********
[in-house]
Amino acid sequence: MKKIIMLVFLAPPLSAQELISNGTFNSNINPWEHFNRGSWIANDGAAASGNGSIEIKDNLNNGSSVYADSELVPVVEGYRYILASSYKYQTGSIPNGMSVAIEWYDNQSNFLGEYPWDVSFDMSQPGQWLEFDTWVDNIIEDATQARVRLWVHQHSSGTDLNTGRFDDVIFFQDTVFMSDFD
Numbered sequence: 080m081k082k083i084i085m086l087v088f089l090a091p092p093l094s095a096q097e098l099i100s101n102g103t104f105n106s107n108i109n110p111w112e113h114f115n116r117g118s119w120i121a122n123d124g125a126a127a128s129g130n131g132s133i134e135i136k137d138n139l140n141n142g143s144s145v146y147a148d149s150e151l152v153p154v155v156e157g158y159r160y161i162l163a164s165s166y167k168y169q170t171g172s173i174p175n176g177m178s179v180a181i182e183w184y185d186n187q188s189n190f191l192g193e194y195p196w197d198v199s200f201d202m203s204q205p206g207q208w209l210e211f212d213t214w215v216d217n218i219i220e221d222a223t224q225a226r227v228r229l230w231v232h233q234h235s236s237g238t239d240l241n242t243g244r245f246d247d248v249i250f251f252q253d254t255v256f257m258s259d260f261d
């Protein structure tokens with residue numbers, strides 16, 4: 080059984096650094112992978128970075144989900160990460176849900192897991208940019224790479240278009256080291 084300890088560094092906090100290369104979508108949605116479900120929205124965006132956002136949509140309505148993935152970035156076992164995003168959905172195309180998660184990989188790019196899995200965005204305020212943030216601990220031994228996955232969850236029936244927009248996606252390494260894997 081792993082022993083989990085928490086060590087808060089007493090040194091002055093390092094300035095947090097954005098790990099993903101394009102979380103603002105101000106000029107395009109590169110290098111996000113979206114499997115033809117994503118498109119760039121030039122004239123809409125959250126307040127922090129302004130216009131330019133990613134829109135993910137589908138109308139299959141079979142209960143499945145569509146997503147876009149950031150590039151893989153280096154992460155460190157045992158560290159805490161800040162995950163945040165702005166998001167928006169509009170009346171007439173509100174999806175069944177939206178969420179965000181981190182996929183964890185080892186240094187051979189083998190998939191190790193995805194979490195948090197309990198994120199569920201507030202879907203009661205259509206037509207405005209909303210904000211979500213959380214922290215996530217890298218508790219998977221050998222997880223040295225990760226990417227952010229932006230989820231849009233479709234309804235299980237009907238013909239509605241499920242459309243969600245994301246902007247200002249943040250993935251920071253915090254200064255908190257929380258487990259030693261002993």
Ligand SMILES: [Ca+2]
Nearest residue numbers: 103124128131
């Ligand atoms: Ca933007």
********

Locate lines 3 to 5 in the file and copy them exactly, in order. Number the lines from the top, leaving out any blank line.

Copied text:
Numbered sequence: 080m081k082k083i084i085m086l087v088f089l090a091p092p093l094s095a096q097e098l099i100s101n102g103t104f105n106s107n108i109n110p111w112e113h114f115n116r117g118s119w120i121a122n123d124g125a126a127a128s129g130n131g132s133i134e135i136k137d138n139l140n141n142g143s144s145v146y147a148d149s150e151l152v153p154v155v156e157g158y159r160y161i162l163a164s165s166y167k168y169q170t171g172s173i174p175n176g177m178s179v180a181i182e183w184y185d186n187q188s189n190f191l192g193e194y195p196w197d198v199s200f201d202m203s204q205p206g207q208w209l210e211f212d213t214w215v216d217n218i219i220e221d222a223t224q225a226r227v228r229l230w231v232h233q234h235s236s237g238t239d240l241n242t243g244r245f246d247d248v249i250f251f252q253d254t255v256f257m258s259d260f261d
């Protein structure tokens with residue numbers, strides 16, 4: 080059984096650094112992978128970075144989900160990460176849900192897991208940019224790479240278009256080291 084300890088560094092906090100290369104979508108949605116479900120929205124965006132956002136949509140309505148993935152970035156076992164995003168959905172195309180998660184990989188790019196899995200965005204305020212943030216601990220031994228996955232969850236029936244927009248996606252390494260894997 081792993082022993083989990085928490086060590087808060089007493090040194091002055093390092094300035095947090097954005098790990099993903101394009102979380103603002105101000106000029107395009109590169110290098111996000113979206114499997115033809117994503118498109119760039121030039122004239123809409125959250126307040127922090129302004130216009131330019133990613134829109135993910137589908138109308139299959141079979142209960143499945145569509146997503147876009149950031150590039151893989153280096154992460155460190157045992158560290159805490161800040162995950163945040165702005166998001167928006169509009170009346171007439173509100174999806175069944177939206178969420179965000181981190182996929183964890185080892186240094187051979189083998190998939191190790193995805194979490195948090197309990198994120199569920201507030202879907203009661205259509206037509207405005209909303210904000211979500213959380214922290215996530217890298218508790219998977221050998222997880223040295225990760226990417227952010229932006230989820231849009233479709234309804235299980237009907238013909239509605241499920242459309243969600245994301246902007247200002249943040250993935251920071253915090254200064255908190257929380258487990259030693261002993």
Ligand SMILES: [Ca+2]